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Jazz Hypnosis

To see the video version of this blog, click the link below:

There are two ways to approach music, and hypnosis. One is the classical, stick to what's on the page approach, and the other is watch the audience, or in the case of clinical hypnosis, the client and respond to what they want, what they need.

When I mention I practice at the Flow Center in Dallas, people think maybe I'm a specialist in designing water fountains for municipal buildings. Or I work for the city water works. When I tell them I'm a Certified Clinical Hypnotist, their right hand immediately grabs onto their chin, and they ponder the connection.

The reason I connected with the Flow Center and its methods was probably because I was a sort of commercial jazz artist for most of my life, playing tunes people liked to hear.

In the music world, there are two major divisions of music. There is the classically trained route, and there is the “learn 3 chords and go out and find a gig” route.

On that second, ad-lib, improv route, over the years, a player develops a “bag of tricks”, or a toolbox of devices he...or she...uses depending on the venue, the situation, the players involved.

A player of the improvisational camp develops a very good sense of what notes NOT to play, and if they are played, how to connect them up so it sounds like he played that wrong note on purpose, for flavoring, to spice up the solo. Miles Davis was an absolute champ at this.

If the wrong note is obvious, or he can't cover it up, he must put it out of his mind, ignore it, and move on, or it will interfere with the Flow of his thinking, and thus harm the quality of his

solo, his piece of art.

So, that's the first part of this style of art I wanted to point out. You could look at it in the sports world as “playing the ball from where it lands” or in the gaming world, “playing the hand you are dealt”, or in the acting world, “There are no small parts, only small actors.”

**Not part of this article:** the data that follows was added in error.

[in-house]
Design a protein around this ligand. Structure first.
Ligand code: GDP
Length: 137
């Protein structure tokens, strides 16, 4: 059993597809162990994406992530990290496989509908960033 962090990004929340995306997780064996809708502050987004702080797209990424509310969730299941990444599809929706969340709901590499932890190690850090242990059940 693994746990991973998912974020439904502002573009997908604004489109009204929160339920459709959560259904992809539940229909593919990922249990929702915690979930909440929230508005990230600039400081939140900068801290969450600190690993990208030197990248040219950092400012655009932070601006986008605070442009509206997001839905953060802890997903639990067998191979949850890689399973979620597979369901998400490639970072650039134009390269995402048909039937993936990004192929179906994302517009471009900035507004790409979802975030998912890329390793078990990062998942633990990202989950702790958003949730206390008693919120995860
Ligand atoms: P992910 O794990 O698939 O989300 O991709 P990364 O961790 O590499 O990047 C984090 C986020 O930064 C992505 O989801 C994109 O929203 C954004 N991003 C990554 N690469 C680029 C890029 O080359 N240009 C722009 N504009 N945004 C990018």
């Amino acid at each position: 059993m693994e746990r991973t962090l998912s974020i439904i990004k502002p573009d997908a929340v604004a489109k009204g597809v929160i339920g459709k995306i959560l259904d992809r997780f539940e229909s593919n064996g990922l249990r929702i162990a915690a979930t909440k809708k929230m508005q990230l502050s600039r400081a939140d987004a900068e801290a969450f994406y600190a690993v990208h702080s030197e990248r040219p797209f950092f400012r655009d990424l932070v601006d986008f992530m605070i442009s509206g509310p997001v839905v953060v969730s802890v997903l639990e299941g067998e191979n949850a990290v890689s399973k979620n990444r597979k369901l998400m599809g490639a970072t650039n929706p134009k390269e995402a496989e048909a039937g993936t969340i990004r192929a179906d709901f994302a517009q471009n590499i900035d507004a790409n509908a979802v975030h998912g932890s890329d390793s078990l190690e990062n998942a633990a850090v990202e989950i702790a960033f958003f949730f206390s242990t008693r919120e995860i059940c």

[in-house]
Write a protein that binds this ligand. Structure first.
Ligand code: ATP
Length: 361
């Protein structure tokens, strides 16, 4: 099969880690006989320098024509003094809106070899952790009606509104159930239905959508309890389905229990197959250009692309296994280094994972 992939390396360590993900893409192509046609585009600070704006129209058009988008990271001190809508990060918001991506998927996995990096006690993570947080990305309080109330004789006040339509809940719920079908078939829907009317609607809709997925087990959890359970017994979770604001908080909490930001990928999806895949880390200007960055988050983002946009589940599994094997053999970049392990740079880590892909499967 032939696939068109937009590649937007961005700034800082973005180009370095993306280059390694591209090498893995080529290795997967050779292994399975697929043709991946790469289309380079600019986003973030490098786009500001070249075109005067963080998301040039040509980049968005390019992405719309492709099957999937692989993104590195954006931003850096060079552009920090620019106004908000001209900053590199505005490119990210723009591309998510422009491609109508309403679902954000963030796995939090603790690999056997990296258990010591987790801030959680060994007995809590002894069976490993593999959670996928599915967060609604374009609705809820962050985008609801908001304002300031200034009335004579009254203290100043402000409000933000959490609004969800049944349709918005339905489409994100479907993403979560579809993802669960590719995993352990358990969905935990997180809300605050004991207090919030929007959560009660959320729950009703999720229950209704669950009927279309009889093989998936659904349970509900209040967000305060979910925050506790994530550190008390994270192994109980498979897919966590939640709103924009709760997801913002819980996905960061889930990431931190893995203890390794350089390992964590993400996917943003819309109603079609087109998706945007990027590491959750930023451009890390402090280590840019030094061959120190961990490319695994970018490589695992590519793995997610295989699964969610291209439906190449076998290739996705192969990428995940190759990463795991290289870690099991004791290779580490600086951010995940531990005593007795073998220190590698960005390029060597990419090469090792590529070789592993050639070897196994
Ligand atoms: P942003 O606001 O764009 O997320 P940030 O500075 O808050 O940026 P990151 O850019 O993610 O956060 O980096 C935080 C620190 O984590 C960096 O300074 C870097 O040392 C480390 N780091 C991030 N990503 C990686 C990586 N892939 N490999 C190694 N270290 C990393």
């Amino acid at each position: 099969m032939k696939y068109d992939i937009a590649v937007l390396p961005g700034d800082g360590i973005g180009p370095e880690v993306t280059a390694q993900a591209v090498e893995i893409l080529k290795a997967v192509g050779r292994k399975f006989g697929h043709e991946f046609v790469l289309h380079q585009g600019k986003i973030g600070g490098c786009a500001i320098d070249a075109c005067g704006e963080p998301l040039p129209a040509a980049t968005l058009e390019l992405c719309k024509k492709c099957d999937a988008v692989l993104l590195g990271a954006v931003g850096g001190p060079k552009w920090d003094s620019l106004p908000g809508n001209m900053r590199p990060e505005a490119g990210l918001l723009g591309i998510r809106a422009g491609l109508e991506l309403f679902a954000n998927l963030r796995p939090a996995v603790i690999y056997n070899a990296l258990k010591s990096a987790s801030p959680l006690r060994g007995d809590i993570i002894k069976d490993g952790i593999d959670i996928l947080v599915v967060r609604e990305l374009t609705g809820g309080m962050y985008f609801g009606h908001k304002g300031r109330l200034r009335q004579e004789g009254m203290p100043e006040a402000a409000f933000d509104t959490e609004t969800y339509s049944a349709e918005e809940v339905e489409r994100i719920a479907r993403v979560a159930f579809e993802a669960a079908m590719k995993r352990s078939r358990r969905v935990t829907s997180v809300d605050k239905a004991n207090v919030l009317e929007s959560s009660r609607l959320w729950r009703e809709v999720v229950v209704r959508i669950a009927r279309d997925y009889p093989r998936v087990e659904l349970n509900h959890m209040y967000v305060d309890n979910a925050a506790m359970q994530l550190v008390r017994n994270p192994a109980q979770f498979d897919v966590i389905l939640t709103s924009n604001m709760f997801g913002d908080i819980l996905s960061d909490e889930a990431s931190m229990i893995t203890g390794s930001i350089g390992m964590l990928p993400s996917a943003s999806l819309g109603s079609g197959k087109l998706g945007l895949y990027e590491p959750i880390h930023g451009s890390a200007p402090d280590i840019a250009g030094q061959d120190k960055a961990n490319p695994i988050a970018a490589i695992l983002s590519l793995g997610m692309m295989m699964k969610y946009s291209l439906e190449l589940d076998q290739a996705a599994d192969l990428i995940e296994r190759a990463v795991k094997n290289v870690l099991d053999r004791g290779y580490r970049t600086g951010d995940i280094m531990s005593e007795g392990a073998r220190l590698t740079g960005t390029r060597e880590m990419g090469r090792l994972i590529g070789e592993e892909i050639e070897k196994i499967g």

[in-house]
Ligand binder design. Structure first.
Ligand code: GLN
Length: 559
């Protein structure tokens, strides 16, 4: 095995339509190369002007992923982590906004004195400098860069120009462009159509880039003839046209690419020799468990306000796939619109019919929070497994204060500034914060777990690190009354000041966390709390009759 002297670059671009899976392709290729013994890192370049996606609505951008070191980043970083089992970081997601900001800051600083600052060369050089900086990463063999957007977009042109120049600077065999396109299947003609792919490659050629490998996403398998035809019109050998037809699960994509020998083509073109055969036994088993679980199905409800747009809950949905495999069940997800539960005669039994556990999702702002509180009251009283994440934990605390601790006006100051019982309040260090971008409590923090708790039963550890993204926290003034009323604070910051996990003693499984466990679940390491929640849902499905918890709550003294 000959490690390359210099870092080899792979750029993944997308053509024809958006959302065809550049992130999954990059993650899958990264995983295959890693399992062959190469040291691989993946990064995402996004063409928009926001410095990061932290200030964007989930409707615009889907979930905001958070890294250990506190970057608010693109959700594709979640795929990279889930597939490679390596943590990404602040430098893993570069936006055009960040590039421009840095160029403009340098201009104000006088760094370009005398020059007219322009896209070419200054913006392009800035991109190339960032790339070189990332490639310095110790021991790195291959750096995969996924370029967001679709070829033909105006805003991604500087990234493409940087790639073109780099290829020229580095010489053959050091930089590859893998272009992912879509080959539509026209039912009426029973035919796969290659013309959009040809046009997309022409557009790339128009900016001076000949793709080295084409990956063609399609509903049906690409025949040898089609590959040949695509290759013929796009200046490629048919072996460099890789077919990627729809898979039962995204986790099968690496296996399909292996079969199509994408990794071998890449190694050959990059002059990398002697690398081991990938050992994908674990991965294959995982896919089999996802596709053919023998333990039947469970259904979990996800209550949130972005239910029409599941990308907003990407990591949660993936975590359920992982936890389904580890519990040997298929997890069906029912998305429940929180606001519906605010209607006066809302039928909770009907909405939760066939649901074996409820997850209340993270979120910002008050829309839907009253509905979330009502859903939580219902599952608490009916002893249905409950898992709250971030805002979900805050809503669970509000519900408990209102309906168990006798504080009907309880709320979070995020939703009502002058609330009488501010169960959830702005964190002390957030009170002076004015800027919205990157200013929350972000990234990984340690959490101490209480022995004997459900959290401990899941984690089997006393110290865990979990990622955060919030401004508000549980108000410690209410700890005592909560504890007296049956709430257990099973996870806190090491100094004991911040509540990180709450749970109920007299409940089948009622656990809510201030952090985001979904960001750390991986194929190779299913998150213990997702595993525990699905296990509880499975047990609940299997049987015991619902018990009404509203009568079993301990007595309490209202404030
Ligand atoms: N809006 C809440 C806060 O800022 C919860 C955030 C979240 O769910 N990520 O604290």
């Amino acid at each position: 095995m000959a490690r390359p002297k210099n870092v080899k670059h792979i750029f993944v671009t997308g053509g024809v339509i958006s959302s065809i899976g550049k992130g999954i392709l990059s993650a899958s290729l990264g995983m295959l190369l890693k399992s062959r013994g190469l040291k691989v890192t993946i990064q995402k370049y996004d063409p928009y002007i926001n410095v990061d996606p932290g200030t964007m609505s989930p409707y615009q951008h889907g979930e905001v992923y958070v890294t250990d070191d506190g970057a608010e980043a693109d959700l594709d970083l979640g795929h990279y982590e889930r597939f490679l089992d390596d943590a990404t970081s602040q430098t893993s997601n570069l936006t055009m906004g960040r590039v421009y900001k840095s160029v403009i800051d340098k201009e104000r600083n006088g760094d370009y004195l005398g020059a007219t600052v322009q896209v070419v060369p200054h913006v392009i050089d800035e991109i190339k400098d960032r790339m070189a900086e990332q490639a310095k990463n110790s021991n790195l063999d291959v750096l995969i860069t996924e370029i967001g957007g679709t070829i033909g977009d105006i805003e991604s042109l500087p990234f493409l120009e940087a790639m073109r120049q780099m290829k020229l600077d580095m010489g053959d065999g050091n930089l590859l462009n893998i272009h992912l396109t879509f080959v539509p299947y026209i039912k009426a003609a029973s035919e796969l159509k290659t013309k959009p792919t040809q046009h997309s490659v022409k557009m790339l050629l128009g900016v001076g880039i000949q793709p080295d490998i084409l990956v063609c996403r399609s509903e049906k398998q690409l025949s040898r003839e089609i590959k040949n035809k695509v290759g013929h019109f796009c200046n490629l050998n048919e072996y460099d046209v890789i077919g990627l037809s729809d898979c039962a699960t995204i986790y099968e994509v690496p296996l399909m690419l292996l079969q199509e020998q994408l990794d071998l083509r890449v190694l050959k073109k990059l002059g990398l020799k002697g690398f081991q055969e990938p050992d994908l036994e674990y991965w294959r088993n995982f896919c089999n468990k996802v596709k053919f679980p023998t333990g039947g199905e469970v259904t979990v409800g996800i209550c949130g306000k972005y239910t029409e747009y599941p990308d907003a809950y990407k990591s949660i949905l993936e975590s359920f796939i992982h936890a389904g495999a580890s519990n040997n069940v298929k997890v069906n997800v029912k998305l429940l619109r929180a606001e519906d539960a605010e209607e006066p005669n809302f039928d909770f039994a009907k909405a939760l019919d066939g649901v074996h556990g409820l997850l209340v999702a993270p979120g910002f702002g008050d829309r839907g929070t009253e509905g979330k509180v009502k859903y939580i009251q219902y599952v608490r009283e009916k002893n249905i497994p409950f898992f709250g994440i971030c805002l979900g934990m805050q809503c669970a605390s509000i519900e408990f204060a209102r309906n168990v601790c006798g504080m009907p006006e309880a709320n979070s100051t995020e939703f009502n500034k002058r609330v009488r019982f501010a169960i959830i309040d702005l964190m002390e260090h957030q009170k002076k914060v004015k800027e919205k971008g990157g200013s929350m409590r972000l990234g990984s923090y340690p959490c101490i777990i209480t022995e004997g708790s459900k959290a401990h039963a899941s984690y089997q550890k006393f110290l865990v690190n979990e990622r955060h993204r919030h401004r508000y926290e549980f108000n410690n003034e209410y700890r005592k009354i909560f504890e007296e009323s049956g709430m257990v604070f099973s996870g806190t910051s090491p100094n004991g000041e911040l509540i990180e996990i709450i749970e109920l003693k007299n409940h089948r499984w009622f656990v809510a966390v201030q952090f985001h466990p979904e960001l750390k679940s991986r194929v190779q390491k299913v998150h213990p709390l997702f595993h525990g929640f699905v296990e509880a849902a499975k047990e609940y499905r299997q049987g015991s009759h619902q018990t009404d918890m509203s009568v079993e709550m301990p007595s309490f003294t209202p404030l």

The second part of this style of playing is the concept of the “riff”. A riff is a little piece of melody that the player has previously played at a gig or practiced over and over until it becomes embedded in his subconscious mind. Except for the split-second thought to adjust the riff for the key of the song, and context, these are just little sub-programs, or sub-routines that the player runs on his instrument.

In a solo, the player consciously chooses a starting riff that runs through his fingers and is monitored by his ears. While he is playing this habitual riff, he is thinking consciously of which riff to play next, how to adapt it to the song's context, and how to connect it up to the riff he is presently playing.

So, playing an improvisation is stringing these riffs together as needed, adapting them to each other as the song's structure and feel demands.

After a time in the players career, this process becomes so second-nature that a third element comes into play. The Jazz player calls it “music”...or “groove”. You COULD call it “soul”. That's when a third consciousness beside the conscious choices, and the subconscious “toolbox” added to the mix.

This third mind is the called the super-conscious in the hypnosis world, and the Spirit in the religious world. This “spirit” will come into the jazz solo and the player just gets out of the way, so to speak, and world-changing, paradigm-shifting beauty emerges. It's a beautiful thing to hear and see as well as to experience. It's as though both player and listener are playing the improvisation.

Forgive me for my digression, but when I met Valerie Grimes through our bookkeeper, and found out more and more about the flow center, and Valerie's style of hypnosis, it was like coming home to an old jazzer like myself. The parallels raised the hair on the back of my neck.

Life Flows the mission statement at the Flow Center.

Each client that walks through the door is treated as a special, precious individual on this planet. The path we take to resolving the client's issue is unique to that client. We adjust to the clients needs on the fly while it is happening. Every song has a structure. And, every hypnosis center has it's format and structure.

But each client is like a song that has special rhythms, feels, and keys. We at the Flow Center stylize and plan each session based on what needs to happen next to resolve the client's issue, rather than every client getting the same structured process on a checklist as happens at many other hypnosis centers.

And the music that happens, as a result of our Flow method, is often a very beautiful thing, and deeply satisfying to the soul....

Hmmm...Soul music....Flow Music.....

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